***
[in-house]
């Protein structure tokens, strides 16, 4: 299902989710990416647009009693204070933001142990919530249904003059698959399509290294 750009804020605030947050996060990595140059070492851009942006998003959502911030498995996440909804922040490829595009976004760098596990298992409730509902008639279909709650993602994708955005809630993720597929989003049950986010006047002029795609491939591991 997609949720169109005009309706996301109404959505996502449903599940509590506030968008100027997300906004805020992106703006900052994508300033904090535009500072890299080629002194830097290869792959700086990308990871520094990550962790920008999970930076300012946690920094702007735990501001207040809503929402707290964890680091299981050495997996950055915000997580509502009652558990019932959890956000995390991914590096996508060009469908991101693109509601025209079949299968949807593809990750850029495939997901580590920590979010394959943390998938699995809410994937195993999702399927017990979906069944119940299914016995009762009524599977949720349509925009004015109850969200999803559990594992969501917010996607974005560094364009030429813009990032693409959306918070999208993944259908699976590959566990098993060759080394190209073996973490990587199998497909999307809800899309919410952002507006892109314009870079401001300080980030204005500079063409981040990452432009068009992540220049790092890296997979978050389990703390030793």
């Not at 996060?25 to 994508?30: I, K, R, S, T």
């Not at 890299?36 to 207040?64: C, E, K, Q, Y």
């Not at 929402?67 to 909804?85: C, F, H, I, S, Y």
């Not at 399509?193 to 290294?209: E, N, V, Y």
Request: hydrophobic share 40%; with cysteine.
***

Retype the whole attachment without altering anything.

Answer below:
[in-house]
């Protein structure tokens, strides 16, 4: 299902989710990416647009009693204070933001142990919530249904003059698959399509290294 750009804020605030947050996060990595140059070492851009942006998003959502911030498995996440909804922040490829595009976004760098596990298992409730509902008639279909709650993602994708955005809630993720597929989003049950986010006047002029795609491939591991 997609949720169109005009309706996301109404959505996502449903599940509590506030968008100027997300906004805020992106703006900052994508300033904090535009500072890299080629002194830097290869792959700086990308990871520094990550962790920008999970930076300012946690920094702007735990501001207040809503929402707290964890680091299981050495997996950055915000997580509502009652558990019932959890956000995390991914590096996508060009469908991101693109509601025209079949299968949807593809990750850029495939997901580590920590979010394959943390998938699995809410994937195993999702399927017990979906069944119940299914016995009762009524599977949720349509925009004015109850969200999803559990594992969501917010996607974005560094364009030429813009990032693409959306918070999208993944259908699976590959566990098993060759080394190209073996973490990587199998497909999307809800899309919410952002507006892109314009870079401001300080980030204005500079063409981040990452432009068009992540220049790092890296997979978050389990703390030793």
């Not at 996060?25 to 994508?30: I, K, R, S, T």
């Not at 890299?36 to 207040?64: C, E, K, Q, Y």
């Not at 929402?67 to 909804?85: C, F, H, I, S, Y």
């Not at 399509?193 to 290294?209: E, N, V, Y």
Request: hydrophobic share 40%; with cysteine.